My heart became hot within me. As I mused, the fire burned; then I spoke with my tongue: "O Lord, make me know my end and what is the measure of my days; let me know how fleeting I am!"

19 October 2005

new urbanism

My wife and I have similar desires, I think, for a living environment. Problem is, some of our dreams are directly opposed to each other. Often we think how great it would be to live in the country, to raise our family on a few acres of land and have space to stretch and play. Other times, we think how great it would be to live nearby everything we need, to be within walking distance to most stores, most neighbors, and the church.

Unbeknownst to me, this second desire has a name: the new urbanism. Rather than blabber, here's a great article I found about it (from Of Kirk and Ale), with comments about why Christians should support this new thinking and some links to other interesting sites.


Rachel said...

My family and I visited Boston this summer and didn't rent a car. I was amazed at how well we were able to do walking everwhere or taking the subway. We thought of how wonderful it would be for physical fitness to live in a place where you can walk to everthing or take public transit. Being from Detroit, I'd like to have a car, but not have to use it to get everywhere. It would also be nice to get by with only one car. :)

Sir Ryan said...

Yeah, Laura and I have talked about New Urbanism before. After hanging around in Scotland and being able to walk to any store that I needed to, having to burn fuel and money for a trip to the store to pick up some butter and eggs (I forgot them, okay?) is rather maddening.

People look at you like you're crazy if you try to walk places now. You're assumed to be too poor to have a car if you're walking along the side of the road.

Sam DeSocio said...

Cool article, I really like how the author was trying to figure out how we should put our faith into practice in the urban environment of the 21st century.

Anonymous said...

I think perhaps people need to read more from RC Jr. It should be obvious that living in the country is best and perhaps even Biblical.

Seriously, I personally would hate to live in a place where I couldn't get my gun and shoot a groundhog that was trapped by my window.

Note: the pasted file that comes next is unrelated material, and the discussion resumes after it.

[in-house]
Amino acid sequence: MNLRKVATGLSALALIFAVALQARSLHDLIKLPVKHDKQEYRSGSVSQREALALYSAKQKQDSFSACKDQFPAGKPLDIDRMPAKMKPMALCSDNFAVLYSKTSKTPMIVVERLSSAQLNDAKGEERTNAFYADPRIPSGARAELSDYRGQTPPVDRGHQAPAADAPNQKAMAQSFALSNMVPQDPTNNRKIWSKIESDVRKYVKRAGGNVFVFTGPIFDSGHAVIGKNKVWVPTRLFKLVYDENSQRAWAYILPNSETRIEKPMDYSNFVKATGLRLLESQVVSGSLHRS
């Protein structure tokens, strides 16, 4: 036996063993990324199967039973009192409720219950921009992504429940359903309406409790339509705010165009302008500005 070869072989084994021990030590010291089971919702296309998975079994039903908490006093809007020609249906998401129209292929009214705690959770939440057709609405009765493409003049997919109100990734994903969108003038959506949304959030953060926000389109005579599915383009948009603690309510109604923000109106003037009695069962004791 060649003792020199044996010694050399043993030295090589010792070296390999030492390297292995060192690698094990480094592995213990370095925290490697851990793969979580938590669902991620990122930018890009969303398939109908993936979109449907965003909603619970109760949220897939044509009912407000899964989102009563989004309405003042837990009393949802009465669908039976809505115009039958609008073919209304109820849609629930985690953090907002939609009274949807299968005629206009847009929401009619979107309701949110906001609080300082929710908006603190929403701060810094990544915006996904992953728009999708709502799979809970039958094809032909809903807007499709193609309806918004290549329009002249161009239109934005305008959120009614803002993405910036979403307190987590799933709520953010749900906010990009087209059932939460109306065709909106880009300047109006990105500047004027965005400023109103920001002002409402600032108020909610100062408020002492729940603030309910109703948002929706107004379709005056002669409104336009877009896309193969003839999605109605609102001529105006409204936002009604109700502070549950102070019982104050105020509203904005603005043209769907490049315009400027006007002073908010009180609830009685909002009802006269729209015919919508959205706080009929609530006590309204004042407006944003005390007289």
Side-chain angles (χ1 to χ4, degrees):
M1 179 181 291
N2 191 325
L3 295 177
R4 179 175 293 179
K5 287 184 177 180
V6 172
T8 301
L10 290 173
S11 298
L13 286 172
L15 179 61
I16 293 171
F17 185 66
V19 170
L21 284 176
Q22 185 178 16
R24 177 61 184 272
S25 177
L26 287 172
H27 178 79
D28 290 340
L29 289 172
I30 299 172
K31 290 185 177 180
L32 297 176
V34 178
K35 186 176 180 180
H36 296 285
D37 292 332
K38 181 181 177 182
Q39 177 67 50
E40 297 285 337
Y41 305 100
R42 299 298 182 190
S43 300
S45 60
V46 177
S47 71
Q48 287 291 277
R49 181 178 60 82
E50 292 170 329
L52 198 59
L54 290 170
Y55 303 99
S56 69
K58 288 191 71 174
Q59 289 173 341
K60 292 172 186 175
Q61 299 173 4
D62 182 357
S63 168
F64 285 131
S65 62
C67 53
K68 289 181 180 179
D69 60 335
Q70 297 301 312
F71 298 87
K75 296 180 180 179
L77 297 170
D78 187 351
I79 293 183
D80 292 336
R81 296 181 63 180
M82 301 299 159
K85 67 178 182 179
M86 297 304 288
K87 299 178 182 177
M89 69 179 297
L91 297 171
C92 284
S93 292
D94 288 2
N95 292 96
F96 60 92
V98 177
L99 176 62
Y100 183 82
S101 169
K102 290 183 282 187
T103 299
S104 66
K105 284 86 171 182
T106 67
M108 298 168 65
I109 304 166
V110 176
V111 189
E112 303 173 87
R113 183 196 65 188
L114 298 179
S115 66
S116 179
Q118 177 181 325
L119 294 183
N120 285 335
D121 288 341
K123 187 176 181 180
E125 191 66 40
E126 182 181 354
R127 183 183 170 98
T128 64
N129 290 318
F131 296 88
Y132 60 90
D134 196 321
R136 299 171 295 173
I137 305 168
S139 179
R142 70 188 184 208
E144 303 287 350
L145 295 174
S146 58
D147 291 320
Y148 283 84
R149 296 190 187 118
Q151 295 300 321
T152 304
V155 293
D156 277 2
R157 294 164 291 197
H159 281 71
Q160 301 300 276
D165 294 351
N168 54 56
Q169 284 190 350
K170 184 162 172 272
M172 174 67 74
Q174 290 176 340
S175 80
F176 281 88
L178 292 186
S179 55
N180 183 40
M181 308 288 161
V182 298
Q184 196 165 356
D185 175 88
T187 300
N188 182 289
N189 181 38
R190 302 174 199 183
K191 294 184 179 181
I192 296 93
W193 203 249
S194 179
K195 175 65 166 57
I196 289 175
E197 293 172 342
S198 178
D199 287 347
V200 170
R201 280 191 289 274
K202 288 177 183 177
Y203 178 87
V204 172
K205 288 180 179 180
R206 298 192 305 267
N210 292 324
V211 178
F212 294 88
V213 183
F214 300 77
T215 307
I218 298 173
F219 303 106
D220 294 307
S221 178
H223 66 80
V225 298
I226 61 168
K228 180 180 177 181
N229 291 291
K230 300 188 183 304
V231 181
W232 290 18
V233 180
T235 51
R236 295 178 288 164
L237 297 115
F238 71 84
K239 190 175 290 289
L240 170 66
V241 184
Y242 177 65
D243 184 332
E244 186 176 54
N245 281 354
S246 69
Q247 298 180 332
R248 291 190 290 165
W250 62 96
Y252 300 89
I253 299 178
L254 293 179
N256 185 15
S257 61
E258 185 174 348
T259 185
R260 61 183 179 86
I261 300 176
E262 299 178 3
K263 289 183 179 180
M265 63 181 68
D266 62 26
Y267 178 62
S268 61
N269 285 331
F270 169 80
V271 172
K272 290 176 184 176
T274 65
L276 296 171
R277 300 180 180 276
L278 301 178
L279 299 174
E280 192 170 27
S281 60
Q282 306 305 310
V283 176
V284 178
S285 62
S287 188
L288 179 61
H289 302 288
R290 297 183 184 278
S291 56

Jeff K

Kurt said...

Hmmmm. Can the "New Urbanism" concept provide help in deciding where the new church plant should be?

Jared said...

Unfortunately, Kurt, I don't think "new urbanism" is anywhere close to Lafayette yet...although it would be really cool to live downtown - one could begin to approximate and structure life around the downtown area...almost.

Kurt said...

Jared, I was thinking a little more outside of the box - not in concrete effects of actually building a town, but taking the geographic principle in point number 2 near the end of the article:

"2) The gospel is not simply a set of ideas, but is something lived out. As our society becomes more and more isolationistic it will develop greater and greater resilience to the gospel. Therefore we should be advocates for a built environment which encourages neighborliness and interaction with a relatively unchanging community - not a city of strangers."

Using the geographic closeness of members (currently living in an area or would move to the area) to strengthen the collective witness of families as they are seen interacting with each other helped by their close physical proximity to each other, thus having a greater impact to those around them ALL WEEK LONG. "And if one overthrows him, two shall withstand him; and a threefold cord is not quickly torn apart." Eccl 4:12

Jared said...

Kurt - I got you. That sounds real good. Maybe more people in the church should begin to think about the location of their families in more than just "i want to live in the country" terms. Personally, I wish more people lived closer to our church now - or that more people were making location decisions based upon the location of other families in the church.

Good thoughts!

Ellen Olivetti said...

When a core group here in Indianapolis wanted to start a church plant downtown, many members of that group actually sold their homes and moved to the area in which they wanted to start the church so that they could live and work among the people to whom they wished to minister. Now that is commitment. Sounds like this idea of new urbanism to me.

Jared said...

Mom - that's just rockin'! That's exactly what the church needs to be thinking & doing. What a great passion for Christ's kingdom!

Not to say that churches don't need to be planted in suburbia (they surely do), but it's so exciting to see the church reclaiming the city for her King.